Years ago, when I was at Disneyworld, the person I visited with used a season pass and they required FOUR fingers of his right hand be scanned, and that was decades ago.
50 posts • joined 13 Dec 2016
Six Flags fingerprinted my son without consent, says mom. Y'know, this biometric case has teeth, say state supremes...
Re: So I gather
But then they have your photo, which is private biometric data and right there on the pass is proof they saved that data. And how do they apply it to prevent cheating? Have an actual human earn minimum wage looking at each pass and comparing it to a face? That costs money! Facial recognition camera to compare the person at the entry gate with the photo on the pass? Again, biometric data, though this time they could claim (and not be believed) they didn't save the data.
And there is the ticklish problem if getting the photo on the pass. The parks want to sell them online so they staff fewer ticket offices, as that's an expense. A probable virtual pass that someone brings up on their phone (even airlines have gotten that far with boarding passes). You can trust someone to paste their own selfie on it...but a clever person will find a way to overlay any photo on it. Say person A buys the pass, and goes into the park with A's photo on the pass. B then alters it with B's photo, and goes to the park later. If the park detects the photo change, they admit they're...wait for it...storing biometric data, since they still had A's photo stored to compare to the one on the pass.
Photos are simpler, but don't get around the "biometric" hurdle.
Re: Thank you!
Some such parks will require extra ID when a person presents a season pass. I've never read the T&C for such a pass, but its safe to say they have a clause that prevents sharing the pass with friends, nobody goes to an amusement park every day, or even every weekend, all season long, so there's temptation to go in with a buddy and alternate weekends or something, and split the cost. The park can claim they then lose money due to the high usage rate of the pass.. Since many visitors are underage for a driver's license or other state-issued ID, they needed something everyone has with them, regardless of age. The choices are fingerprints or facial recognition, and privacy advocates will (rightly) protest either.
Is there a solution? They could eliminate the unlimited season pass, I suppose, and instead just push the multi-visit passes with, say, 20, 30, 40 visits per season, they really have no reason to care if people share those, though they probably will still prohibit it. just because they can.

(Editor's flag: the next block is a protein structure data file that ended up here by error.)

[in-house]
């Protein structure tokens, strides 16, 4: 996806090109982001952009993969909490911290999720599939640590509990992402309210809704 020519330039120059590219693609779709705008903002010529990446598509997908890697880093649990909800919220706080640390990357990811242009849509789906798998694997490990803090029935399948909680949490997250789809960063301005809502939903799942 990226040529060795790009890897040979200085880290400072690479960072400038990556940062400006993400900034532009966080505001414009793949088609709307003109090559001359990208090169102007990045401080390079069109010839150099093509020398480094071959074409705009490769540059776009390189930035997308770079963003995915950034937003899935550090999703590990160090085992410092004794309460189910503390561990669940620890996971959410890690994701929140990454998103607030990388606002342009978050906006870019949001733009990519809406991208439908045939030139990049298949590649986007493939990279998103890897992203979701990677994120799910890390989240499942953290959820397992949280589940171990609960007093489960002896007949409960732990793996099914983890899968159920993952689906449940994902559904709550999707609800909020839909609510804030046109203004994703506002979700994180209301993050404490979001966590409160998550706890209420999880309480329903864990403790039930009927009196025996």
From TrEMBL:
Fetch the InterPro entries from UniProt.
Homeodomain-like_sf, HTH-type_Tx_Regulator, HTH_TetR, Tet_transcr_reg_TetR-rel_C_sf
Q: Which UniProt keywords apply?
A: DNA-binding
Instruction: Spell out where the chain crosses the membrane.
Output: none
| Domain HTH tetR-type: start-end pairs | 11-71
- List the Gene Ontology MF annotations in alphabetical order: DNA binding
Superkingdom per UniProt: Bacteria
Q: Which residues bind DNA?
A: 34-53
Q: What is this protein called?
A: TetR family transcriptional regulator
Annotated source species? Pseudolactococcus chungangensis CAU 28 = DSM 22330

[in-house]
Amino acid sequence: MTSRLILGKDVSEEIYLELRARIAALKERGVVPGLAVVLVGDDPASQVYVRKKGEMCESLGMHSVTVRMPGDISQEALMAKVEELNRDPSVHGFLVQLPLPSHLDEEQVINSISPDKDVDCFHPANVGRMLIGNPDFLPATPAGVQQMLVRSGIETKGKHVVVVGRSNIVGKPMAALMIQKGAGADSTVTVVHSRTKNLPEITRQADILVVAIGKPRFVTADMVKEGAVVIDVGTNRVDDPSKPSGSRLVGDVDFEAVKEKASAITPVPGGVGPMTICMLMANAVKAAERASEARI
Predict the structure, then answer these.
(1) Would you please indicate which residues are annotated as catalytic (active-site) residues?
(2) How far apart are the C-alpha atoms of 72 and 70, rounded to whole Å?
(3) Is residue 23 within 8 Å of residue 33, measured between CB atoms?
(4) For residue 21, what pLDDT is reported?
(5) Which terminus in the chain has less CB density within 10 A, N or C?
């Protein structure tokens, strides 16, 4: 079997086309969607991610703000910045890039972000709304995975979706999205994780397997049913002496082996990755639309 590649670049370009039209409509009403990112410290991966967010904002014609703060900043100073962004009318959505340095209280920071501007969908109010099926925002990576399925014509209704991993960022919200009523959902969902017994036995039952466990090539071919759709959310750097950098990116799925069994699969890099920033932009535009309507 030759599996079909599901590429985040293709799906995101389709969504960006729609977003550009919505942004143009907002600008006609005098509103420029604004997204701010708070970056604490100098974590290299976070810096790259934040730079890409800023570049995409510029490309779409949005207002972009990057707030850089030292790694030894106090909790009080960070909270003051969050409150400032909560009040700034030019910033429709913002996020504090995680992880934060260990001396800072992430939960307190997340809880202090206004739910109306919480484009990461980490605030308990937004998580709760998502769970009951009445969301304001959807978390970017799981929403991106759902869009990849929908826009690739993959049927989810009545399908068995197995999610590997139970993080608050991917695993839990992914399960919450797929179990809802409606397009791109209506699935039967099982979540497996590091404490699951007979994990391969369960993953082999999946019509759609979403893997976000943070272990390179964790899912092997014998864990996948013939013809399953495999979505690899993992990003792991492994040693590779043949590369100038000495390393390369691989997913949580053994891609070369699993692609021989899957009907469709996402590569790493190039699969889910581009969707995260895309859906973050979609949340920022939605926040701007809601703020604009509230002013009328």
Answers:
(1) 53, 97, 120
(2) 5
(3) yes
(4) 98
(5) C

The Iceman cometh, his smartwatch told the cops: Hitman jailed after gizmo links him to Brit gangland slayings
Re: Trump in Nevada: 'I Love the Poorly Educated'
No single candidate or party is causing the "educational crisis". Its weeks, months, even years spent in classrooms covering things that no student will ever see, use, or hear about again, unless that student becomes an educator as well. If we can pare down the stuff that's of no objective use (I have not been asked to identify the adverb in a sentence since I was in fifth grade - or so) perhaps we can free up time for kids to be taught real life skills. Democrats have screwed things up just as much as Republicans have, its short-sighted to place the blame entirely on one party. The "purse strings" of Congress are controlled by the House of Representatives - all spending must originate there. Since 1855 (when the two party system pretty much took hold), Democrats have controlled the House 86 years, Republicans, 74. For 40 years, ending in 1995, Democrats never lost their majority in the House. If all the educational ills of our nation are due to the Republican treachery, exclusively, we should have had an educational system that was the envy of the world in 1995. But we didn't. Fact is, *both* sides of the aisle are packed with cretinous, self-righteous narcissists, and the solution is term limits to force turnover in Congress so new people with new ideas have a chance, instead of having the same old carcasses re-elected time and time again with the same tired old plans and the same tired rhetoric. I don't care if a person has a "D" or "R" after their name on the news reports - if they've been there 15 or 20 years, they're dead weight and need to be tossed out to make room for someone who might have more than getting re-elected (yet again) in mind. Plus, it'd help of the Congress Critters realized that, eventually, they'll be private citizens again and be subject to the laws they make the rest of us live with, instead of being in Congress and subject to Congressional immunities until they keel over and die of old age.
Free college for everyone? Never going to happen, doesn't matter who gets elected. Nor should it. College isn't a right. Its not "Life, liberty, and the pursuit of a bachelor's degree." But I'm not getting on my soapbox today. I would rather see people coming out of college able to handle Windows and/or Cisco kit. Because most networks are Windows-based, that's where the jobs are. Likewise, most routing and switching runs something very like Cisco IOS, and in fact, usually identical, since IOS isn't patented or copyrighted, since its derived from Unix and thus is no an original work - so anyone can use it, and *lots* do, so learning Cisco actually gets you solidly grounded in a lot of manufacturers. SUSE? Good on you to learn alternative tech, but I suspect most of your CS peers are happy to learn the skills likely to get them a job right off. I have never been a Microsoft fan...I came up in the days of Novell Netware, which I believe to this day was a far superior product compared to Microsoft Servers. But Microsoft is where the money is, and as I have to work for a living, I have to work with the products the companies are buying, not with what I like the best.
Re: @Ghost ... Solution